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New Canaan Historical Society Gets New Windows On The World

Windows are being replaced at the Hanford-Silliman House. From left are Janet Lindstrom, Donald Eldon and Steve Gravereaux.
Windows are being replaced at the Hanford-Silliman House. From left are Janet Lindstrom, Donald Eldon and Steve Gravereaux. Photo Credit: Frank MacEachern
Steve Gravereaux holds up half of a restored window in the Hanford-Silliman House.
Steve Gravereaux holds up half of a restored window in the Hanford-Silliman House. Photo Credit: Frank MacEachern
Preservationist Donald Eldon takes out a second story storm window, in order to work on a window at the Hanford-Silliman House.
Preservationist Donald Eldon takes out a second story storm window, in order to work on a window at the Hanford-Silliman House. Photo Credit: Frank MacEachern
José Ramos paints a second-story window frame at the Hanford-Silliman House before a restored 250-year-old window was to be reinstalled.
José Ramos paints a second-story window frame at the Hanford-Silliman House before a restored 250-year-old window was to be reinstalled. Photo Credit: Frank MacEachern

NEW CANAAN, Conn. -- Old windows that have stood the test of time over the last 250 years now have a fresh new look at the New Canaan Historical Society.

Seventeen windows are being installed in the Hanford-Silliman House at the New Canaan Historical Society after they were painstakingly restored by a Middletown-based company.

It's a $30,000 project that is funded 50-50 by the historical society and a state grant, said Janet Lindstrom, historical society executive director. While it may be cheaper to put new windows in, they would lack the authenticity and historical character, she said.

"In historical preservation it is best to preserve what you have than to replace it," she said.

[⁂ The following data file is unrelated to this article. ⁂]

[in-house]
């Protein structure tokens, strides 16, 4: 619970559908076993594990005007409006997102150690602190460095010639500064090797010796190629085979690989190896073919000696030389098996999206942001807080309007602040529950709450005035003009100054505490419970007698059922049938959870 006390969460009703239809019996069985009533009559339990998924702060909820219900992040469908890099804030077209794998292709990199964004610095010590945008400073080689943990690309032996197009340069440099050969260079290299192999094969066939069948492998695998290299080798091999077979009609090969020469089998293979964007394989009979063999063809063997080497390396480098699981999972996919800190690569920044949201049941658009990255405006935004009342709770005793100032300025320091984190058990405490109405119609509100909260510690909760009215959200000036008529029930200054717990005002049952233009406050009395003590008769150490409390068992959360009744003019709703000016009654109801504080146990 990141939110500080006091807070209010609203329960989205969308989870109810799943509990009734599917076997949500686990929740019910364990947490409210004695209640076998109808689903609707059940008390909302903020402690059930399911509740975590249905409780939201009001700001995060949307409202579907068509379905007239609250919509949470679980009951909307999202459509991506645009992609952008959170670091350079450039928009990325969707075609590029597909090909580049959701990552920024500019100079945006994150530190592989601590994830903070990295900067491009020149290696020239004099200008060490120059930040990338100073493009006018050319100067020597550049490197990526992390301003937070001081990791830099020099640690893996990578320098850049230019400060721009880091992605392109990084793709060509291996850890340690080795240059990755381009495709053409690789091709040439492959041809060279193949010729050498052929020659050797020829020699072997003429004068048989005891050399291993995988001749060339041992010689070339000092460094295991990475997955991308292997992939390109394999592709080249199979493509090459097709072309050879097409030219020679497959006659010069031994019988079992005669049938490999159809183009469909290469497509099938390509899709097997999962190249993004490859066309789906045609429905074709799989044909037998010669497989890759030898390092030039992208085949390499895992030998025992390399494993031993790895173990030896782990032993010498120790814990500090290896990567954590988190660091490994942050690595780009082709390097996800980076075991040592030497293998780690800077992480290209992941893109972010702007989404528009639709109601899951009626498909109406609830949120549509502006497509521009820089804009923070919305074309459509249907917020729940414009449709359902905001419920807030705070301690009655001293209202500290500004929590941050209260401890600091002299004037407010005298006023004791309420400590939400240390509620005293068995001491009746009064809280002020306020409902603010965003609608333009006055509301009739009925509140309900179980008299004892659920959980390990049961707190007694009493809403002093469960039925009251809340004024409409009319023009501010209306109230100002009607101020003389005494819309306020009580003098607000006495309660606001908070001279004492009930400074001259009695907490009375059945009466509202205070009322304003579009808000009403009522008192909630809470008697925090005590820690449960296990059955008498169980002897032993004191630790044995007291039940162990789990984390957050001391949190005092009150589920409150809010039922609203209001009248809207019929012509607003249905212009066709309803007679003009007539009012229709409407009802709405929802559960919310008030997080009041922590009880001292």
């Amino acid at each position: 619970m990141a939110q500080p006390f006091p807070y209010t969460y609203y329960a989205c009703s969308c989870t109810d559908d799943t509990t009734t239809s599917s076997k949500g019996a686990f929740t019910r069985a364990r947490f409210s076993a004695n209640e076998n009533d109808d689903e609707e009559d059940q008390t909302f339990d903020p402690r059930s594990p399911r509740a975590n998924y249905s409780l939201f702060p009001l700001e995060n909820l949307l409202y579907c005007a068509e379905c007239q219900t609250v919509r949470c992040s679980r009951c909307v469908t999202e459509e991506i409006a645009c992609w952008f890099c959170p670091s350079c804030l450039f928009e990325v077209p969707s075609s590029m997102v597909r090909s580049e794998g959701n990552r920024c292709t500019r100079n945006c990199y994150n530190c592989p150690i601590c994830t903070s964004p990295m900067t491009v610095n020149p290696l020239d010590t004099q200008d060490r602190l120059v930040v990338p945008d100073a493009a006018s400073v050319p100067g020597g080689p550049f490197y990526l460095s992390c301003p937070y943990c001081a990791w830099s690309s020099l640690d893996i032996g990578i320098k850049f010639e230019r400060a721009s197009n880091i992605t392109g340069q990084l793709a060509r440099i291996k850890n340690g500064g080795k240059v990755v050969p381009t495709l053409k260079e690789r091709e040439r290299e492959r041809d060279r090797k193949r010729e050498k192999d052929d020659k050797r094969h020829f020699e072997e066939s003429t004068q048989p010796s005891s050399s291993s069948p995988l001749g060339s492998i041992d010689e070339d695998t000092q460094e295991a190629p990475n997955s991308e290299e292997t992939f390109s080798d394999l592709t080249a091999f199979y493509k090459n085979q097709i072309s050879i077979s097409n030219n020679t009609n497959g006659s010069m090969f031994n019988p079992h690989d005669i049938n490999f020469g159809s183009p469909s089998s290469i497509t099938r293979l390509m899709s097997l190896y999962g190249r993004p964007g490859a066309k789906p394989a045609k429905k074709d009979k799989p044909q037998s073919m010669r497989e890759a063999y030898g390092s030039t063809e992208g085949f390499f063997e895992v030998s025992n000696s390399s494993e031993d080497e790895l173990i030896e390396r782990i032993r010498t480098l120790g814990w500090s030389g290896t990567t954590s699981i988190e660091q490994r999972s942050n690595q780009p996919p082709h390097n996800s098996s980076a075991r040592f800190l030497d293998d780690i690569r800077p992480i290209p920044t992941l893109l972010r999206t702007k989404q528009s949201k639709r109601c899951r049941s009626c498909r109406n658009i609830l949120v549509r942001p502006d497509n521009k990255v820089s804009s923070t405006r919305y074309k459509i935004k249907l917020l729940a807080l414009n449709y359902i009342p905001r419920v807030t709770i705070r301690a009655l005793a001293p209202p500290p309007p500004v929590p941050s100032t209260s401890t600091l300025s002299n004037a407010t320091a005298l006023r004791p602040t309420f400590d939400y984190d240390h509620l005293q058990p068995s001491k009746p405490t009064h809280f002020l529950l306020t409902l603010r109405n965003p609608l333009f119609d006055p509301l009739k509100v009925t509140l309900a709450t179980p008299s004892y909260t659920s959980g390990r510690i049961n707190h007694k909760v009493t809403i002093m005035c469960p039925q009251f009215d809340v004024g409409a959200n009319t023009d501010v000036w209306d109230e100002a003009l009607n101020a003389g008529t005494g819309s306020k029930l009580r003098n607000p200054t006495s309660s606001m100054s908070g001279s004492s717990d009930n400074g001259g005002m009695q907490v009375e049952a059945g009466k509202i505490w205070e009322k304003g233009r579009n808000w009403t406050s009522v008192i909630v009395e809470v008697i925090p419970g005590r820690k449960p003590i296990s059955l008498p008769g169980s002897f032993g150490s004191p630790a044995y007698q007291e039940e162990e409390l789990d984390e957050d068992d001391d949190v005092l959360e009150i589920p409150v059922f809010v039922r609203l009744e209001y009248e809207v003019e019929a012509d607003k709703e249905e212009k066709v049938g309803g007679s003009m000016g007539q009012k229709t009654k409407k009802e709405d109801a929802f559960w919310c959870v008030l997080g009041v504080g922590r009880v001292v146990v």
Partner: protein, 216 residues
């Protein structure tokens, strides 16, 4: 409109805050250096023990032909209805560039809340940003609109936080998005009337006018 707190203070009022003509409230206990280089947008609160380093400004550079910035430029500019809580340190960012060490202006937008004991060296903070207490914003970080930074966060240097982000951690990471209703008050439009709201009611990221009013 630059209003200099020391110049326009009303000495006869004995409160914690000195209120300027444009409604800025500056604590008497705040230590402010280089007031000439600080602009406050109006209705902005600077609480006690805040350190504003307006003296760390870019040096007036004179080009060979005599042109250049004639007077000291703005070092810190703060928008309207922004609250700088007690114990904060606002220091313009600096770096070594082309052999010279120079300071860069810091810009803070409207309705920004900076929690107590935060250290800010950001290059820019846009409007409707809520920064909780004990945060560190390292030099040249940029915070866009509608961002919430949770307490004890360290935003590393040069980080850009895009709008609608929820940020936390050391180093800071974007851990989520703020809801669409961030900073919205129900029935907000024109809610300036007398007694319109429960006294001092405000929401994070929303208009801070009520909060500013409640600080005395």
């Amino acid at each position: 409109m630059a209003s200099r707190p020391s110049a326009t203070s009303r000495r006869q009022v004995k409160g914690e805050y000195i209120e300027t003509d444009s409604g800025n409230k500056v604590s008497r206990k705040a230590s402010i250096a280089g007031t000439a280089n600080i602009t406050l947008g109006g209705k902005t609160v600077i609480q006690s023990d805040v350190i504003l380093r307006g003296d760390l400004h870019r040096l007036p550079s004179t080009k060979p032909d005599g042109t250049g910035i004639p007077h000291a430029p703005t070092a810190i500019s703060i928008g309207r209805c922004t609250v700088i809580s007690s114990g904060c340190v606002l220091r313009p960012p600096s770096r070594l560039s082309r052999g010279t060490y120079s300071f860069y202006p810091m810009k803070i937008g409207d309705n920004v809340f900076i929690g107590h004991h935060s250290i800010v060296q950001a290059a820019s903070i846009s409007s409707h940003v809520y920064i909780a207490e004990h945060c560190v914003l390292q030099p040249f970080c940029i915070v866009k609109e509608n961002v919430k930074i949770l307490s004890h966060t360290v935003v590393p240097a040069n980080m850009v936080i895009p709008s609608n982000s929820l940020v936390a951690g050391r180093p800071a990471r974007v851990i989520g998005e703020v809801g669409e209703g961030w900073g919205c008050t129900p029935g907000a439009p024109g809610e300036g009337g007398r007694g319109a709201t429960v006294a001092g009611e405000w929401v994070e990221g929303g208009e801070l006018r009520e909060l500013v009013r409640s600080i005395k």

The windows were removed in the fall and restored at Kronenberger & Sons Restoration Inc. in Middletown.

Steve Gravereaux, a board member at the historical society who is involved in the restoration, said it was painstaking work as each of the small panes, 24 in each window, were removed, cleaned and then reinstalled.

He picks up a window to show the work.

"The glazing is just perfection," he said. "It's like factory glazing, it's just perfect."

One window will not be repaired due to the fact that over time as the home settled the rectangular frame and window slightly bent and it was decided to leave it as is, Gravereaux said.

Eight windows remain to be renovated but that will have to be done at a later date as the society didn't have the money available to do all of the windows, Lindstrom said.

The center-chimney saltbox was was built by Stephen Hanford, a weaver and New Canaan’s first licensed tavern keeper, according to the historical society. Several generations of the Silliman family occupied the home until the 1920s.

The Sillimans were also a prominent family in town and served as clergy, lawyers, farmers, businessmen and government officials, according to the historical society.

Lindstrom said they plan on having the windows completed by the time of their ice cream social on June 7.

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